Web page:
We go back to basics in this episode by covering what’s really important and dispelling some common SEO myths.[bctt tweet=”SEO isn’t rocket science, it’s just about providing your user with the best possible experience.” username=”@Jammy_Digital”]
In this episode, we’ll cover…
- Is SEO is dead?
- How can we, as personal brands, compete with huge companies?
- How going niche can help your SEO
- How to optimise for the services you offer
- Why ‘big keywords’ aren’t all they’re cracked up to be
- How to use content marketing to boost your SEO
- Why the rule ‘300 words per page’ doesn’t work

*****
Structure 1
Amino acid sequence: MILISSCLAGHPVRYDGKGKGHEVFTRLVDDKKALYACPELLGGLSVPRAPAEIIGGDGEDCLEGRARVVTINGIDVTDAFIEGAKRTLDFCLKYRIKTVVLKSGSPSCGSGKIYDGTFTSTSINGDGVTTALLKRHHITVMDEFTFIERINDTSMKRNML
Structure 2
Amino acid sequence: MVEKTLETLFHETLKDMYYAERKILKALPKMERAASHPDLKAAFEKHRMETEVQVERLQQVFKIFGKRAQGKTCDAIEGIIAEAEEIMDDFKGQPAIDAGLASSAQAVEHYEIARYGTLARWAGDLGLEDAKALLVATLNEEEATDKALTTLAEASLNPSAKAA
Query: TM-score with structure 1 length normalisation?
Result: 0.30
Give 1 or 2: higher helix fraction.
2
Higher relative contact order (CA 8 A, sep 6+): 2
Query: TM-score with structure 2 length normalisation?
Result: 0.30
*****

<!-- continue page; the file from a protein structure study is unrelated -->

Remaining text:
- Is it worth paying a company to do SEO?
- The dangers of cheap SEO agencies
Time Stamps: In a rush? Get to the section you need to below!
0.54 – What is SEO?
2.14 – Is SEO still relevant?
4.43 – How can we compete against big companies in search results?
5.50 – Niching your business and the benefits to SEO
7.50 – Why you need access to your entire site for SEO
9.12 – Don’t just focus on your homepage
10.49 – Think about optimising for all your services
11.33 – What we mean when we say keyword
13.41 – How content marketing can improve your SEO
15.36 – How to conduct keyword research for content ideas
17.39 – How to optimise your posts and pages
21.58 – Should you hire an SEO agency?
Useful Resources and Links
KWFinder (Keyword research tool)
What To Do Next
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Episode Transcript Below
Lyndsay: So, the first question I have, really, Martin, is what is SEO? Because there’s a lot of information out there on the Internet about SEO, but it can all be a bit confusing, can’t it?